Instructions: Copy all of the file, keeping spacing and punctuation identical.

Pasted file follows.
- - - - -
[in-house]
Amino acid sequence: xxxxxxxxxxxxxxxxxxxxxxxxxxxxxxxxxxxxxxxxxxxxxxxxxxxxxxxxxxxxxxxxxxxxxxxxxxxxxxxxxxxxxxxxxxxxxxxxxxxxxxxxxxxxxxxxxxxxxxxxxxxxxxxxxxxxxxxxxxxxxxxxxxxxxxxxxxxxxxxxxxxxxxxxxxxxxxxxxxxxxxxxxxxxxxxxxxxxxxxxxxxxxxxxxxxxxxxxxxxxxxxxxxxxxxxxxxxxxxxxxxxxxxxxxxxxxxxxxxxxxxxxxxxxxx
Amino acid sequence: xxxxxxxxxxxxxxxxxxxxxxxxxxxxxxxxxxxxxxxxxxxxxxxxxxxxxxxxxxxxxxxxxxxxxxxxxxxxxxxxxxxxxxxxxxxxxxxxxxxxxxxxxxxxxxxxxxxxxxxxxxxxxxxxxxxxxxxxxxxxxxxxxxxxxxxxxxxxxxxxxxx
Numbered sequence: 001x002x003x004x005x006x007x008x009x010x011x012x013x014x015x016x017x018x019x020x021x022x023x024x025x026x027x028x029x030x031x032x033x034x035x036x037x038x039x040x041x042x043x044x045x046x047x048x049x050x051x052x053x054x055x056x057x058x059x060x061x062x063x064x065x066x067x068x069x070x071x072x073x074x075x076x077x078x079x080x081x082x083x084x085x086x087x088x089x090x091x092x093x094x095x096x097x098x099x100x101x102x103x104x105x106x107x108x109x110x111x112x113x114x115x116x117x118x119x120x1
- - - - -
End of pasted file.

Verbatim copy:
[in-house]
Amino acid sequence: xxxxxxxxxxxxxxxxxxxxxxxxxxxxxxxxxxxxxxxxxxxxxxxxxxxxxxxxxxxxxxxxxxxxxxxxxxxxxxxxxxxxxxxxxxxxxxxxxxxxxxxxxxxxxxxxxxxxxxxxxxxxxxxxxxxxxxxxxxxxxxxxxxxxxxxxxxxxxxxxxxxxxxxxxxxxxxxxxxxxxxxxxxxxxxxxxxxxxxxxxxxxxxxxxxxxxxxxxxxxxxxxxxxxxxxxxxxxxxxxxxxxxxxxxxxxxxxxxxxxxxxxxxxxxx
Amino acid sequence: xxxxxxxxxxxxxxxxxxxxxxxxxxxxxxxxxxxxxxxxxxxxxxxxxxxxxxxxxxxxxxxxxxxxxxxxxxxxxxxxxxxxxxxxxxxxxxxxxxxxxxxxxxxxxxxxxxxxxxxxxxxxxxxxxxxxxxxxxxxxxxxxxxxxxxxxxxxxxxxxxxx
Numbered sequence: 001x002x003x004x005x006x007x008x009x010x011x012x013x014x015x016x017x018x019x020x021x022x023x024x025x026x027x028x029x030x031x032x033x034x035x036x037x038x039x040x041x042x043x044x045x046x047x048x049x050x051x052x053x054x055x056x057x058x059x060x061x062x063x064x065x066x067x068x069x070x071x072x073x074x075x076x077x078x079x080x081x082x083x084x085x086x087x088x089x090x091x092x093x094x095x096x097x098x099x100x101x102x103x104x105x106x107x108x109x110x111x112x113x114x115x116x117x118x119x120x1